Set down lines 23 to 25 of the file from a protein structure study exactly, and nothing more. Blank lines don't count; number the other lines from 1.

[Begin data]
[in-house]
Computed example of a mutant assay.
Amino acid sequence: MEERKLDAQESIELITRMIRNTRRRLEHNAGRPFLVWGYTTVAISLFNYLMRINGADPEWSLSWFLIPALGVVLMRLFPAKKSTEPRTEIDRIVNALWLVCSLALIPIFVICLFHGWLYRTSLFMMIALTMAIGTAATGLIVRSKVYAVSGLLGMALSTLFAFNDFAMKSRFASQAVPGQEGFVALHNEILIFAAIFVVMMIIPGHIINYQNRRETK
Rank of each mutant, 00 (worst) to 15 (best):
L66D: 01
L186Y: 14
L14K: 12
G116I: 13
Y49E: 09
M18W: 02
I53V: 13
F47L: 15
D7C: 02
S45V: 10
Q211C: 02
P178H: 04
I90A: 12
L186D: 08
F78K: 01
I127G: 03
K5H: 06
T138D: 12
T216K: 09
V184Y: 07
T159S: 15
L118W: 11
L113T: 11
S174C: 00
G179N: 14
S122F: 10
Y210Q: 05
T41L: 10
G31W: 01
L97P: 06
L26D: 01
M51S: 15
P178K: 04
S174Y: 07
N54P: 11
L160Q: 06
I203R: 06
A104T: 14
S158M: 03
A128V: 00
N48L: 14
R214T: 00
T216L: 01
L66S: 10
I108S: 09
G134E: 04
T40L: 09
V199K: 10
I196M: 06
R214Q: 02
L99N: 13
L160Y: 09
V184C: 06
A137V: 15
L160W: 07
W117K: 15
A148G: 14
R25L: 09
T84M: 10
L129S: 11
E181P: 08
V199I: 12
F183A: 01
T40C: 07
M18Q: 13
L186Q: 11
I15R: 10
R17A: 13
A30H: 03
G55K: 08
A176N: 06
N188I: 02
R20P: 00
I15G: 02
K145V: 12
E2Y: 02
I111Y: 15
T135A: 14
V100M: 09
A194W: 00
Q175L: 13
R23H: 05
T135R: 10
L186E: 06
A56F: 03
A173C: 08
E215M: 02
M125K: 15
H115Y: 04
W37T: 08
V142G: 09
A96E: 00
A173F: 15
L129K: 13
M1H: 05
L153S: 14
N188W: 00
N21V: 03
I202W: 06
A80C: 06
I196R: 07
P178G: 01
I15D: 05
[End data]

T216K: 09
V184Y: 07
T159S: 15